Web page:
Translating – as a job, it’s not ideal.
What with Google Translate and so on these days, people think it’s easy.
And fast to do.
Nothing could be further from the truth.
And if you translate to earn a little extra cash, you’ll soon realise that your clients are far from perfect either…
The work, if not exactly ‘urgent’ (for which you would drop everything but charge double) always needs to be done ‘as soon as possible’.
The client may have hung on to their precious text for months but will surely need the translation in double-quick time.
Oh, and they won’t have checked the text carefully before handing it over to you. So it’ll probably be pretty slapdash, with errors that’ll need checking, references to images or tables that aren’t ready yet, and so on.
If you’re lucky enough to get well-paid work, it’ll likely be because no one else has the slightest idea what the hundreds of specific technical terms in the text refer to. I know, let’s pay someone else to do it, then we can blame them when it turns out to be gibberish!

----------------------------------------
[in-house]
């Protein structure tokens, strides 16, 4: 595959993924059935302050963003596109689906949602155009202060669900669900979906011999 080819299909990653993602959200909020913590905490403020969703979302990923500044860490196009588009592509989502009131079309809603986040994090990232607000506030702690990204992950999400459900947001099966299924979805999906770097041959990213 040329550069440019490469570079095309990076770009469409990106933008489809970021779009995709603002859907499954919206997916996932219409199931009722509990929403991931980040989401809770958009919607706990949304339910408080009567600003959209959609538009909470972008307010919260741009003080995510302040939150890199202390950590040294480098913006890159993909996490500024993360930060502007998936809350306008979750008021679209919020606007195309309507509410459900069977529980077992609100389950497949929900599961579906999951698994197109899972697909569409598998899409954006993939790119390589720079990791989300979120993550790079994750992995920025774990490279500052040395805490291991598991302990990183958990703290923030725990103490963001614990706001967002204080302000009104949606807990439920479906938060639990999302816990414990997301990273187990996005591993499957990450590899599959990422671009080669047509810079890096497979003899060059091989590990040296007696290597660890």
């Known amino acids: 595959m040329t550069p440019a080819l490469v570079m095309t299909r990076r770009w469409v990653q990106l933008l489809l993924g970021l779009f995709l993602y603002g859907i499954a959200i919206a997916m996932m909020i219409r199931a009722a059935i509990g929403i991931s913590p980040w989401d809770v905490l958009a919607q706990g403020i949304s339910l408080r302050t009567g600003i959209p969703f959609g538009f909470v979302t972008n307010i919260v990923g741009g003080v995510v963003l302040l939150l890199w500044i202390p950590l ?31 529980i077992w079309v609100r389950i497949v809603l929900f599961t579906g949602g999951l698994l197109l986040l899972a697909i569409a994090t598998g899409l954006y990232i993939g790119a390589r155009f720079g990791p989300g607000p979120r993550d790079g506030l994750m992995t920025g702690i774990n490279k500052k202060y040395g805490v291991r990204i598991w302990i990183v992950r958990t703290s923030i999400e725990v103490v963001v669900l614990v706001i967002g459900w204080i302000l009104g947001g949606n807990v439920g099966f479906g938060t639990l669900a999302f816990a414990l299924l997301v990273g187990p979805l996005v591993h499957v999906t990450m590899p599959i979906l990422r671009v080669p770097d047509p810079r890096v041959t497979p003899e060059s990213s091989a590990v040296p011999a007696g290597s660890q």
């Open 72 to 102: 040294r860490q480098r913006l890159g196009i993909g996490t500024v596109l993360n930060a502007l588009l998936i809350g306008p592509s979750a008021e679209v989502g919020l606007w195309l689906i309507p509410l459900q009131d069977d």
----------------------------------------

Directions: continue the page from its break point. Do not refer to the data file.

In the eventuality that you find yourself translating from Italian (just don’t…), the original text, whether a business letter, a contract, or something else that the writer wanted to appear highbrow, will have been written in that incomprehensible ‘formal’ style that educated Italians are so proud of being able to write (but will do anything to avoid having to read…)
In which case, not only will you spend hours scratching your head trying to work out what the original text means, then finding equivalent incomprehensible and off-putting terms in English, but if you dare to render it into reasonably-intelligible English, the client will check it line by line before coming back to you fuming because it wasn’t what they wanted.
It’s supposed to be ‘formal’, they’ll say, through gritted teeth. Don’t you know English? The style is completely wrong!
Which reminds me of a neighbour of ours, a young economics professor who needed his ‘paper’ translating into English ‘for publication’ (his work had always been rejected when he wrote it directly in English himself). He asked me to help, which reluctantly I agreed to do.